Rabbi Avi Weiss

Ba’al Shem Tov: “Hashem, too, is crying; as much as He is looking for us, we rarely look for Him.”

Rabbi Sacks

When we cry from the heart, someone listens; When we cry on Yom Kippur, God hears us.

Duxvielfalt_2011

Contrary to popular belief, the Talmud never explicitly limits the ban on footwear to leather shoes.

On Sunday, Jews will be refraining from food and drink from dawn until sunset to commemorate the Fast of Gedaliah. Following Nebuchadnetzar’s destruction of the First Temple and exile of most of the Jews, the Babylonians appointed Gedaliah ben Achikaam as governor of Judea. Under Gedaliah’s leadership, Judea and the survivors began to recover. On […]

As we enter the Days of Awe, we must recognize that it is a joy to honor and serve true royalty.

On Rosh Hashanah we are taught that true self-analysis involves the breaking down of walls

When we hear the words “Rosh Hashana is coming” it really means Hashem Himself is coming!

Who am I? What are the most important things in my life? What do I want to be remembered for? If, as a purely hypothetical exercise, I were to imagine reading my own obituary, what would I want it to say? These are the questions Rosh Hashanah urges us to ask ourselves. As we pray […]

We recently marked the thirteenth anniversary of 9/11 – that terrible day when the symbols of man’s power and achievement crumbled before our eyes and disappeared in fire and smoke. For a very brief moment we lost our smugness. Our confidence was shaken. Many of us actually searched our ways. Some of us even learned […]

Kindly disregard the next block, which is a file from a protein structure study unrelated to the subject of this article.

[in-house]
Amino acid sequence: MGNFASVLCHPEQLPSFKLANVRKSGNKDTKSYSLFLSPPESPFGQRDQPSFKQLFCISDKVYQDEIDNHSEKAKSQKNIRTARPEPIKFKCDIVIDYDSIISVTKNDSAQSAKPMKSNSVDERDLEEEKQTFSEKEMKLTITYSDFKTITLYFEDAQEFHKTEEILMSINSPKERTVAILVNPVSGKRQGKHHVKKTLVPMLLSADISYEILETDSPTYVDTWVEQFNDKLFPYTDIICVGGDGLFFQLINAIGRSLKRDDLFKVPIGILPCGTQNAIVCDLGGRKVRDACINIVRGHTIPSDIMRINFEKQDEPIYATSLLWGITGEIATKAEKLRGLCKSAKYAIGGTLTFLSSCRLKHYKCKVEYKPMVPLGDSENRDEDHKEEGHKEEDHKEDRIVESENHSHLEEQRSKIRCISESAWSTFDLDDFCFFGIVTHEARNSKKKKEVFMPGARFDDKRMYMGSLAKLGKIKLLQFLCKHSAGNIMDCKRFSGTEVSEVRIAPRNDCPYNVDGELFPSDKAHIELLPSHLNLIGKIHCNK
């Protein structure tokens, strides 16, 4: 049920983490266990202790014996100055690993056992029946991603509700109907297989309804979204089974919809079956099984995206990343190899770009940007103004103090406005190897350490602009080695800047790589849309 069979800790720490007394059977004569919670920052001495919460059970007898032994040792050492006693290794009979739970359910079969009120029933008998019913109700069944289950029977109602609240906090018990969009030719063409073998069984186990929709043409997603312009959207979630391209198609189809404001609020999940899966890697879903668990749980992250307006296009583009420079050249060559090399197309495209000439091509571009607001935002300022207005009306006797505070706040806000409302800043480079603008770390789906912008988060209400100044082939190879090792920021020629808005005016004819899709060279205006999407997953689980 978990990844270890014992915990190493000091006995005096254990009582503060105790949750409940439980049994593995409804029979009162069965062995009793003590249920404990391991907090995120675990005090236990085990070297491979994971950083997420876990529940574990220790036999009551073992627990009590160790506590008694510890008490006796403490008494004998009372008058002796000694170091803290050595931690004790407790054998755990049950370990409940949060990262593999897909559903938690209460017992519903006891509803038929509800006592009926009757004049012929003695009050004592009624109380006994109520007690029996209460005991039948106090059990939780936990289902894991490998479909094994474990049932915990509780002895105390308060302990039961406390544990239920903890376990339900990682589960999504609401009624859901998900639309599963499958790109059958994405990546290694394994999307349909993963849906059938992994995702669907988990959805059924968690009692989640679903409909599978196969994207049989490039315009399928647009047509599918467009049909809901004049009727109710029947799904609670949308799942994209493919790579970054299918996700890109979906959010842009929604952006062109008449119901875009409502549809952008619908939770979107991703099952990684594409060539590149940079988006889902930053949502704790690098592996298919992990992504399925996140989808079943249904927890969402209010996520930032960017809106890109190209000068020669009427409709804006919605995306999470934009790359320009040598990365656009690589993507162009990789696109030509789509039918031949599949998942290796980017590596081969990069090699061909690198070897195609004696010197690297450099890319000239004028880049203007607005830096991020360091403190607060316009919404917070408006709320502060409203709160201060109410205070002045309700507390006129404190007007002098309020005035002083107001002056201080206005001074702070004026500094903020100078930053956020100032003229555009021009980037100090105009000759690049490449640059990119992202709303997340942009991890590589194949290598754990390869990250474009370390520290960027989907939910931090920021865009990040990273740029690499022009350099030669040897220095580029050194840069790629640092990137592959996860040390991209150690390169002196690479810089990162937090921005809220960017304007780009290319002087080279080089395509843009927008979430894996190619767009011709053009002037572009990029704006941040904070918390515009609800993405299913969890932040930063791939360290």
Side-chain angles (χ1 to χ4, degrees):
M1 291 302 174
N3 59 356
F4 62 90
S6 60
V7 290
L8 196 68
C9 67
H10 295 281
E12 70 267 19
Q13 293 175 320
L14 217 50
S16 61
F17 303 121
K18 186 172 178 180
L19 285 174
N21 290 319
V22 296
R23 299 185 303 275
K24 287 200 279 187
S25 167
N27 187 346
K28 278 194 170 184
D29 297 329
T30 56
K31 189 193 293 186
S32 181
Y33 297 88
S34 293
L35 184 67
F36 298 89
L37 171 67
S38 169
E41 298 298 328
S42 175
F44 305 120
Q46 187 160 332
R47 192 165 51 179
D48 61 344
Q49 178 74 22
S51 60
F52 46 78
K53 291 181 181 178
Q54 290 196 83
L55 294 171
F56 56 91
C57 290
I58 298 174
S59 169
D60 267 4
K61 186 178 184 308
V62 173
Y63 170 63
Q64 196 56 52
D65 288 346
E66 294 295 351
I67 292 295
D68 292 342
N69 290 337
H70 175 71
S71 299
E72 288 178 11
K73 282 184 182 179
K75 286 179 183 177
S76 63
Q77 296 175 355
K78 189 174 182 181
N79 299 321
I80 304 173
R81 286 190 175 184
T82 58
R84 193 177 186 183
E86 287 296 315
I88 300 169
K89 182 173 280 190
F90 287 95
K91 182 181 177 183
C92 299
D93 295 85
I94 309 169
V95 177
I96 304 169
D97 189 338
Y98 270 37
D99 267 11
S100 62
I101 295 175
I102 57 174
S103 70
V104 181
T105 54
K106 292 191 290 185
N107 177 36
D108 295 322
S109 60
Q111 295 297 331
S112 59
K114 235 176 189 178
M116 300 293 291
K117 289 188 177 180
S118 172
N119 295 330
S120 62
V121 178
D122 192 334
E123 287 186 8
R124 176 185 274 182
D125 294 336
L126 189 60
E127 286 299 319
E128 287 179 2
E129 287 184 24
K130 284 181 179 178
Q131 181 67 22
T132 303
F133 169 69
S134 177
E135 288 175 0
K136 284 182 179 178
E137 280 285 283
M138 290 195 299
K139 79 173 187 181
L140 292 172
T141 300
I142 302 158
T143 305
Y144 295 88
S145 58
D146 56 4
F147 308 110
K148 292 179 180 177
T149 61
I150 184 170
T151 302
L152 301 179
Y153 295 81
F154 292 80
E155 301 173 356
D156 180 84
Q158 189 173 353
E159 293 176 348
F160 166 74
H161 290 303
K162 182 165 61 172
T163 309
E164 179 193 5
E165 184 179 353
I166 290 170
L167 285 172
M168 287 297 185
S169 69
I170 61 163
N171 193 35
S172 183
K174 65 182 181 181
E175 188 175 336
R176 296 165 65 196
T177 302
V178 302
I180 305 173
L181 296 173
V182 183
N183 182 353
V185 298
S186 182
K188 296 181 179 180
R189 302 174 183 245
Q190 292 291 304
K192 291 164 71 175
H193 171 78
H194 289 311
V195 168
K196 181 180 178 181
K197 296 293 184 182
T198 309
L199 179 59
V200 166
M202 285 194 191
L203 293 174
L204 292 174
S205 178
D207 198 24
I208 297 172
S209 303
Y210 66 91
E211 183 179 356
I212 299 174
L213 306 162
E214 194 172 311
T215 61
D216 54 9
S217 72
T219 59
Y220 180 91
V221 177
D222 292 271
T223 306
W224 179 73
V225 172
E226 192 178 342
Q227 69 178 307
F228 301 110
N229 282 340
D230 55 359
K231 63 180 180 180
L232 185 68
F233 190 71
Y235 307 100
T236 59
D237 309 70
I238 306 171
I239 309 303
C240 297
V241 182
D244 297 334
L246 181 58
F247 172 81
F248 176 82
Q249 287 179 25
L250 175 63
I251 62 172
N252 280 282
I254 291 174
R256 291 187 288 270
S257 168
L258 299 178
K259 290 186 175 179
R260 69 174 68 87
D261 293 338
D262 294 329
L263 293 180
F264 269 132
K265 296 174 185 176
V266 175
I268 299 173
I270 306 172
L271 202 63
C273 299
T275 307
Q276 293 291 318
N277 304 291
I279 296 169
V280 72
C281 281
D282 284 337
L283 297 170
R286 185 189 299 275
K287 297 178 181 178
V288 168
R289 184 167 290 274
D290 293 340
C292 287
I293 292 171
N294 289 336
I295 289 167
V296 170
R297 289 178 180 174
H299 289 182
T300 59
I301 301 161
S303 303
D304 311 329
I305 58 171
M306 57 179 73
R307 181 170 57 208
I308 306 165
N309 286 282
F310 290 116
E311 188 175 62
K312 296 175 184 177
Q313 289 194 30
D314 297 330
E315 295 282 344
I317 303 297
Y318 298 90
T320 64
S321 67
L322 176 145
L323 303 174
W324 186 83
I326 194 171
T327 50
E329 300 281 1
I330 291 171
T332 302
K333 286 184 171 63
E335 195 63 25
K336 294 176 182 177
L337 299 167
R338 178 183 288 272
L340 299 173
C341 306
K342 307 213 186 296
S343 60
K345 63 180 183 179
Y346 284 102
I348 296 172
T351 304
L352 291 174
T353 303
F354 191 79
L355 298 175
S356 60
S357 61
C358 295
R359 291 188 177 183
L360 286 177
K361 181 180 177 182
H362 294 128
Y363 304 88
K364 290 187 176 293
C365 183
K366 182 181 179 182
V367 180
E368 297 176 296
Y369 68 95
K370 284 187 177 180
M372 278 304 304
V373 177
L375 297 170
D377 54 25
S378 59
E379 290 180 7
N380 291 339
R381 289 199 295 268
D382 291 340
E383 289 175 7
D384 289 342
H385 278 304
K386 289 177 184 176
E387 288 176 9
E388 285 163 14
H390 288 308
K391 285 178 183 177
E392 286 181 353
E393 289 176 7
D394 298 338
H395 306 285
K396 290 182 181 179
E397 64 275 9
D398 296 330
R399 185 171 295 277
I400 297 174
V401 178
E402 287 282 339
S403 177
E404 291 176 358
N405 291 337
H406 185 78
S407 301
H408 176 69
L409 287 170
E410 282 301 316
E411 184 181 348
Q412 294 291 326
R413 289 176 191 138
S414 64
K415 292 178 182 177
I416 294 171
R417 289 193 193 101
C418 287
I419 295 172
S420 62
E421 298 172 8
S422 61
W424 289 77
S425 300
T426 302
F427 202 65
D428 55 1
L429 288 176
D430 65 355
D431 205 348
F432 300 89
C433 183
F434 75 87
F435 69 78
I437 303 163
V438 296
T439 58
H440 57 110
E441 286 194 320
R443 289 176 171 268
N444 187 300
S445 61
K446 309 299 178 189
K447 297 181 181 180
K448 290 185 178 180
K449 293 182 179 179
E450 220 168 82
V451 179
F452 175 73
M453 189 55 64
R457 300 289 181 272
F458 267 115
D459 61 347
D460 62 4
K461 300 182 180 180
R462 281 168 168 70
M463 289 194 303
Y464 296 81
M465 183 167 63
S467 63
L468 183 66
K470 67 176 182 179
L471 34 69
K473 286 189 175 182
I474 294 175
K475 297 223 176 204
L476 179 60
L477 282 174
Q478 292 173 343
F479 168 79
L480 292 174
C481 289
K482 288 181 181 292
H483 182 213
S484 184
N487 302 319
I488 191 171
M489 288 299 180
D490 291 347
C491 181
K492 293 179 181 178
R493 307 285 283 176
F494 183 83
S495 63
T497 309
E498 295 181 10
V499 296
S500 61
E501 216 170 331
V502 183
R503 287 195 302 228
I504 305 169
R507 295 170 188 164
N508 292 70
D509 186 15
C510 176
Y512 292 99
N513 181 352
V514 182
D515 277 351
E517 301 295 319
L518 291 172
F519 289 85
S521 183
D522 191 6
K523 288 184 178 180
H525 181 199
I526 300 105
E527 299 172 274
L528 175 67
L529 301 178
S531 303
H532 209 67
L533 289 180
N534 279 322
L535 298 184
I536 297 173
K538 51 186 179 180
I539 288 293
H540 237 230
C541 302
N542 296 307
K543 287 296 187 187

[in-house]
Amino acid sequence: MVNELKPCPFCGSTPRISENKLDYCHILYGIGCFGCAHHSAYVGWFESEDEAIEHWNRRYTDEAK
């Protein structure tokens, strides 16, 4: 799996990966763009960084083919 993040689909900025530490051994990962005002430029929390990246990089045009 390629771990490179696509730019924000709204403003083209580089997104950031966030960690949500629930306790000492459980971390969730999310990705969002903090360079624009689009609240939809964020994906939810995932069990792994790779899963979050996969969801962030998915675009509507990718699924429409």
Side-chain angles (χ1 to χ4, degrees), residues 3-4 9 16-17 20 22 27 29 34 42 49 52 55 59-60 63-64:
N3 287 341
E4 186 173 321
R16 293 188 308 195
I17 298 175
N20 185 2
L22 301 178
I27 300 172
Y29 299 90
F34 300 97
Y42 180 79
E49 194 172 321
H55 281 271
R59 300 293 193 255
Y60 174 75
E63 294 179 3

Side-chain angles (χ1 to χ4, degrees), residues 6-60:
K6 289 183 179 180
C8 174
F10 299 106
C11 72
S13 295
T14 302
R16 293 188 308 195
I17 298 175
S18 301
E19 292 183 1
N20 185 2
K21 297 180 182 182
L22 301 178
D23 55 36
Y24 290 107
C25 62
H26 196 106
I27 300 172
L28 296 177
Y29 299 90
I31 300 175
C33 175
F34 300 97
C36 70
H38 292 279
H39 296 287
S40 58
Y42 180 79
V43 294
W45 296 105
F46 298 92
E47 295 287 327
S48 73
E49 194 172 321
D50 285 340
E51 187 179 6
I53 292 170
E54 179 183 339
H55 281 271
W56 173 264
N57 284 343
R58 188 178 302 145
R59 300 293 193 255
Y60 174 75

Why am I getting so agitated? And look how we’re treating each other!

While women are exempt from actually learning Torah, they are obligated in a different aspect of the mitzvah.

Question: I recently loaned money to a friend who has been able to repay only part of it. This was an interest-free loan. We exchanged a signed IOU, not a proper shtar with witnesses, since I have always trusted her integrity and only wanted a document that confirms what was loaned and what was repaid. Now that shemittah is approaching, what should I do? Should I forgive the loan? And if my friend is not able to repay it, may I deduct the unpaid money from my ma’aser requirement?

Name Withheld

We must eat, sleep, work, and care for our dependants. How much time is left over after all that?

Once we recognize that our separation from God is our fault, how do we repair it?

More Articles from Rabbi Yaakov Klass and Rabbi Gershon Tannenbaum
Daf-Yomi-logo

Chatzitzah And Its Applications
‘Greater Stringency Applies To Hallowed Things…’
(Chagiga 20b-21a)

Daf-Yomi-logo

A Role Reversal
‘Return, O Wayward Sons…’
(Chagigah 15a)

An Astonishing Miracle
‘Why Bring the Infants to Hakhel?’
(Chagigah 3a)

A Blast At A Funeral?
“R. Hamnuna Came To Daramutha…”
(Moed Kattan 27b)

Untimely News
‘A Mourner Is Forbidden To Wear Shoes…’
(Mo’ed Katan 20b)

Discretion
‘Vendors Of Fruits And Clothing…May Sell In Private’
(Mo’ed Katan 13b)

An Outcast
‘He Shall Dwell Outside His Tent’
(Moed Katan 7b)

Pondering A Kapandria
“It Should Not Be Used As A Shortcut”
(Megillah 29a)

Printed from: http://www.jewishpress.com/judaism/halacha-hashkafa/daf-yomi-130/2014/05/22/

Scan this QR code to visit this page online: